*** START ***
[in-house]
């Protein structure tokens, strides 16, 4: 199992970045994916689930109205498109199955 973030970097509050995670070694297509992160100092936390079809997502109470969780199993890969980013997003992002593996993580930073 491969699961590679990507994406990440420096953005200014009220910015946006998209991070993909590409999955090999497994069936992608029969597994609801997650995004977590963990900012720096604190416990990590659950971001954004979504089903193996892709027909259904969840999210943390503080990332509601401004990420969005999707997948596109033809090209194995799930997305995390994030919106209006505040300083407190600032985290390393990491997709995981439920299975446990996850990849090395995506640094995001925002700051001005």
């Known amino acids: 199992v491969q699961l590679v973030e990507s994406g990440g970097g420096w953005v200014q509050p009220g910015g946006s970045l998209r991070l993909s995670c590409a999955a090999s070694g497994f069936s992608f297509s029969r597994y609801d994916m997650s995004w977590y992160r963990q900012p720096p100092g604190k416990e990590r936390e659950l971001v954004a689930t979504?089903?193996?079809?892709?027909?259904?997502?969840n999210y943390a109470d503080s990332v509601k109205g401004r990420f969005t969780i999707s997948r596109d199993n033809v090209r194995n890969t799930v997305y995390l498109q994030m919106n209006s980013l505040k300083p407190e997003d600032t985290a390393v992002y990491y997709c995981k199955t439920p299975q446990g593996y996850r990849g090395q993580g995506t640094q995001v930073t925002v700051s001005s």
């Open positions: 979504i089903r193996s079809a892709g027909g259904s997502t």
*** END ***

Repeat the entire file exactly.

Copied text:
[in-house]
């Protein structure tokens, strides 16, 4: 199992970045994916689930109205498109199955 973030970097509050995670070694297509992160100092936390079809997502109470969780199993890969980013997003992002593996993580930073 491969699961590679990507994406990440420096953005200014009220910015946006998209991070993909590409999955090999497994069936992608029969597994609801997650995004977590963990900012720096604190416990990590659950971001954004979504089903193996892709027909259904969840999210943390503080990332509601401004990420969005999707997948596109033809090209194995799930997305995390994030919106209006505040300083407190600032985290390393990491997709995981439920299975446990996850990849090395995506640094995001925002700051001005």
């Known amino acids: 199992v491969q699961l590679v973030e990507s994406g990440g970097g420096w953005v200014q509050p009220g910015g946006s970045l998209r991070l993909s995670c590409a999955a090999s070694g497994f069936s992608f297509s029969r597994y609801d994916m997650s995004w977590y992160r963990q900012p720096p100092g604190k416990e990590r936390e659950l971001v954004a689930t979504?089903?193996?079809?892709?027909?259904?997502?969840n999210y943390a109470d503080s990332v509601k109205g401004r990420f969005t969780i999707s997948r596109d199993n033809v090209r194995n890969t799930v997305y995390l498109q994030m919106n209006s980013l505040k300083p407190e997003d600032t985290a390393v992002y990491y997709c995981k199955t439920p299975q446990g593996y996850r990849g090395q993580g995506t640094q995001v930073t925002v700051s001005s």
């Open positions: 979504i089903r193996s079809a892709g027909g259904s997502t």